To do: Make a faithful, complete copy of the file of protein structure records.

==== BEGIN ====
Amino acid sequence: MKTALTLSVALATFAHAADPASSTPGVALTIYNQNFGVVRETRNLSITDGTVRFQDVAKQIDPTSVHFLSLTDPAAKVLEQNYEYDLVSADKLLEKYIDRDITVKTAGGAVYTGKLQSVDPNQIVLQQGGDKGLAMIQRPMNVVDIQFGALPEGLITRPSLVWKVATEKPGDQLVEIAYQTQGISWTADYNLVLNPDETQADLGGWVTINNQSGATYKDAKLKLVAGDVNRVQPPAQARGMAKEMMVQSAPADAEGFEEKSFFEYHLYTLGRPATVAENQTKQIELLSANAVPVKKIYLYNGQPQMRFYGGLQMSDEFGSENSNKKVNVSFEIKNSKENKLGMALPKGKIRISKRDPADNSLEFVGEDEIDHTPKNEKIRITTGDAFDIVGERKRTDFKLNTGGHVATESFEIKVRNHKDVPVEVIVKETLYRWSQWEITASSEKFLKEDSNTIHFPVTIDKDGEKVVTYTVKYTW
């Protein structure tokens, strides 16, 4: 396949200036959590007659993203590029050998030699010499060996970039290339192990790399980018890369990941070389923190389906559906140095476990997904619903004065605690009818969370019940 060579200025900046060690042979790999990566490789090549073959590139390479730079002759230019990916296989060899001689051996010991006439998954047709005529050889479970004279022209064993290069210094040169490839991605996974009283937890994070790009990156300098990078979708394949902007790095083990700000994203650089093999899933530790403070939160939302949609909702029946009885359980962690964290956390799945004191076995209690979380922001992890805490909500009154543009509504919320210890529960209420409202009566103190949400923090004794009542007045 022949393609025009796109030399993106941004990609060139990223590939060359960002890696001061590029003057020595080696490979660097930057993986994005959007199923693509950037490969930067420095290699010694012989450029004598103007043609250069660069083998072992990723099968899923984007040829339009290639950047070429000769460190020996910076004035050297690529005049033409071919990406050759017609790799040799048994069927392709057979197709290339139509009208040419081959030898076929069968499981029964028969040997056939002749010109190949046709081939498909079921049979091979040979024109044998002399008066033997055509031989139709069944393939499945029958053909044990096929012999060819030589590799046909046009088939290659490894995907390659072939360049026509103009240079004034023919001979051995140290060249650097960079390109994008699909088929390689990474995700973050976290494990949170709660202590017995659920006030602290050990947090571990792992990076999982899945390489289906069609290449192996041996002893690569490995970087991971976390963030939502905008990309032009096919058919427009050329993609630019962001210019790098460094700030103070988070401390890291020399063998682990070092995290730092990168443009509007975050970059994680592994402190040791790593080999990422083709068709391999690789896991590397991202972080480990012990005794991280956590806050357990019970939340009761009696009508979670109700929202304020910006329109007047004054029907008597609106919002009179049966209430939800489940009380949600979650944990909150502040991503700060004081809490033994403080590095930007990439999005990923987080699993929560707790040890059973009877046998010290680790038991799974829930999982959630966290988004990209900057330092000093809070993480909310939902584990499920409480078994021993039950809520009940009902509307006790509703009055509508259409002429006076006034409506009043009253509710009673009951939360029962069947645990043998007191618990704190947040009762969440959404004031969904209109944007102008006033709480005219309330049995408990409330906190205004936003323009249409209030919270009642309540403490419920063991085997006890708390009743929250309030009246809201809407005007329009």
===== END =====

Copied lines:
Amino acid sequence: MKTALTLSVALATFAHAADPASSTPGVALTIYNQNFGVVRETRNLSITDGTVRFQDVAKQIDPTSVHFLSLTDPAAKVLEQNYEYDLVSADKLLEKYIDRDITVKTAGGAVYTGKLQSVDPNQIVLQQGGDKGLAMIQRPMNVVDIQFGALPEGLITRPSLVWKVATEKPGDQLVEIAYQTQGISWTADYNLVLNPDETQADLGGWVTINNQSGATYKDAKLKLVAGDVNRVQPPAQARGMAKEMMVQSAPADAEGFEEKSFFEYHLYTLGRPATVAENQTKQIELLSANAVPVKKIYLYNGQPQMRFYGGLQMSDEFGSENSNKKVNVSFEIKNSKENKLGMALPKGKIRISKRDPADNSLEFVGEDEIDHTPKNEKIRITTGDAFDIVGERKRTDFKLNTGGHVATESFEIKVRNHKDVPVEVIVKETLYRWSQWEITASSEKFLKEDSNTIHFPVTIDKDGEKVVTYTVKYTW
């Protein structure tokens, strides 16, 4: 396949200036959590007659993203590029050998030699010499060996970039290339192990790399980018890369990941070389923190389906559906140095476990997904619903004065605690009818969370019940 060579200025900046060690042979790999990566490789090549073959590139390479730079002759230019990916296989060899001689051996010991006439998954047709005529050889479970004279022209064993290069210094040169490839991605996974009283937890994070790009990156300098990078979708394949902007790095083990700000994203650089093999899933530790403070939160939302949609909702029946009885359980962690964290956390799945004191076995209690979380922001992890805490909500009154543009509504919320210890529960209420409202009566103190949400923090004794009542007045 022949393609025009796109030399993106941004990609060139990223590939060359960002890696001061590029003057020595080696490979660097930057993986994005959007199923693509950037490969930067420095290699010694012989450029004598103007043609250069660069083998072992990723099968899923984007040829339009290639950047070429000769460190020996910076004035050297690529005049033409071919990406050759017609790799040799048994069927392709057979197709290339139509009208040419081959030898076929069968499981029964028969040997056939002749010109190949046709081939498909079921049979091979040979024109044998002399008066033997055509031989139709069944393939499945029958053909044990096929012999060819030589590799046909046009088939290659490894995907390659072939360049026509103009240079004034023919001979051995140290060249650097960079390109994008699909088929390689990474995700973050976290494990949170709660202590017995659920006030602290050990947090571990792992990076999982899945390489289906069609290449192996041996002893690569490995970087991971976390963030939502905008990309032009096919058919427009050329993609630019962001210019790098460094700030103070988070401390890291020399063998682990070092995290730092990168443009509007975050970059994680592994402190040791790593080999990422083709068709391999690789896991590397991202972080480990012990005794991280956590806050357990019970939340009761009696009508979670109700929202304020910006329109007047004054029907008597609106919002009179049966209430939800489940009380949600979650944990909150502040991503700060004081809490033994403080590095930007990439999005990923987080699993929560707790040890059973009877046998010290680790038991799974829930999982959630966290988004990209900057330092000093809070993480909310939902584990499920409480078994021993039950809520009940009902509307006790509703009055509508259409002429006076006034409506009043009253509710009673009951939360029962069947645990043998007191618990704190947040009762969440959404004031969904209109944007102008006033709480005219309330049995408990409330906190205004936003323009249409209030919270009642309540403490419920063991085997006890708390009743929250309030009246809201809407005007329009």